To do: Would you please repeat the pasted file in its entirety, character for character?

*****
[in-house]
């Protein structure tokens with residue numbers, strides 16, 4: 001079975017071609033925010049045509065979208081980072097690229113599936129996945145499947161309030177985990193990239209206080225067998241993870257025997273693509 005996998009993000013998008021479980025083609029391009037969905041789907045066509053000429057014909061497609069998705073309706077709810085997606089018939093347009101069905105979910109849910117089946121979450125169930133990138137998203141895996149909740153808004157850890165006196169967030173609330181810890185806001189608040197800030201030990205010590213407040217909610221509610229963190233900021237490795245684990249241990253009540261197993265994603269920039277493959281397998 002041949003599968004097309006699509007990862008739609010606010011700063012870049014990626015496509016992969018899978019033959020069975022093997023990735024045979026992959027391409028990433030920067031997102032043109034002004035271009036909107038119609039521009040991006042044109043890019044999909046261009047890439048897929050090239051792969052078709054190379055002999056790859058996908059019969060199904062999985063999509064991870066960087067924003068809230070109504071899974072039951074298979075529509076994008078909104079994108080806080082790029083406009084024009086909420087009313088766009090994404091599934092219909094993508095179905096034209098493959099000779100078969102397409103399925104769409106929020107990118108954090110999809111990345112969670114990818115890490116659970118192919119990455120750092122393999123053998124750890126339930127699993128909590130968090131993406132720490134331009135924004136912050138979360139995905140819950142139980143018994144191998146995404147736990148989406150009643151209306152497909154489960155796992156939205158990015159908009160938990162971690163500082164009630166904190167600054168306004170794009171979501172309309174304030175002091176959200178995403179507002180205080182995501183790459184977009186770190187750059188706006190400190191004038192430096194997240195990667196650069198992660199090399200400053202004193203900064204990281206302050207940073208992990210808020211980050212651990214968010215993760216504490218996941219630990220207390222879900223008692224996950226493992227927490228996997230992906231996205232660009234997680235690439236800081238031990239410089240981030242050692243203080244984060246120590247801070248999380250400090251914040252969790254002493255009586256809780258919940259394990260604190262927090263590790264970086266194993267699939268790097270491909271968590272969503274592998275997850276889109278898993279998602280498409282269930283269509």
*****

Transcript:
[in-house]
């Protein structure tokens with residue numbers, strides 16, 4: 001079975017071609033925010049045509065979208081980072097690229113599936129996945145499947161309030177985990193990239209206080225067998241993870257025997273693509 005996998009993000013998008021479980025083609029391009037969905041789907045066509053000429057014909061497609069998705073309706077709810085997606089018939093347009101069905105979910109849910117089946121979450125169930133990138137998203141895996149909740153808004157850890165006196169967030173609330181810890185806001189608040197800030201030990205010590213407040217909610221509610229963190233900021237490795245684990249241990253009540261197993265994603269920039277493959281397998 002041949003599968004097309006699509007990862008739609010606010011700063012870049014990626015496509016992969018899978019033959020069975022093997023990735024045979026992959027391409028990433030920067031997102032043109034002004035271009036909107038119609039521009040991006042044109043890019044999909046261009047890439048897929050090239051792969052078709054190379055002999056790859058996908059019969060199904062999985063999509064991870066960087067924003068809230070109504071899974072039951074298979075529509076994008078909104079994108080806080082790029083406009084024009086909420087009313088766009090994404091599934092219909094993508095179905096034209098493959099000779100078969102397409103399925104769409106929020107990118108954090110999809111990345112969670114990818115890490116659970118192919119990455120750092122393999123053998124750890126339930127699993128909590130968090131993406132720490134331009135924004136912050138979360139995905140819950142139980143018994144191998146995404147736990148989406150009643151209306152497909154489960155796992156939205158990015159908009160938990162971690163500082164009630166904190167600054168306004170794009171979501172309309174304030175002091176959200178995403179507002180205080182995501183790459184977009186770190187750059188706006190400190191004038192430096194997240195990667196650069198992660199090399200400053202004193203900064204990281206302050207940073208992990210808020211980050212651990214968010215993760216504490218996941219630990220207390222879900223008692224996950226493992227927490228996997230992906231996205232660009234997680235690439236800081238031990239410089240981030242050692243203080244984060246120590247801070248999380250400090251914040252969790254002493255009586256809780258919940259394990260604190262927090263590790264970086266194993267699939268790097270491909271968590272969503274592998275997850276889109278898993279998602280498409282269930283269509």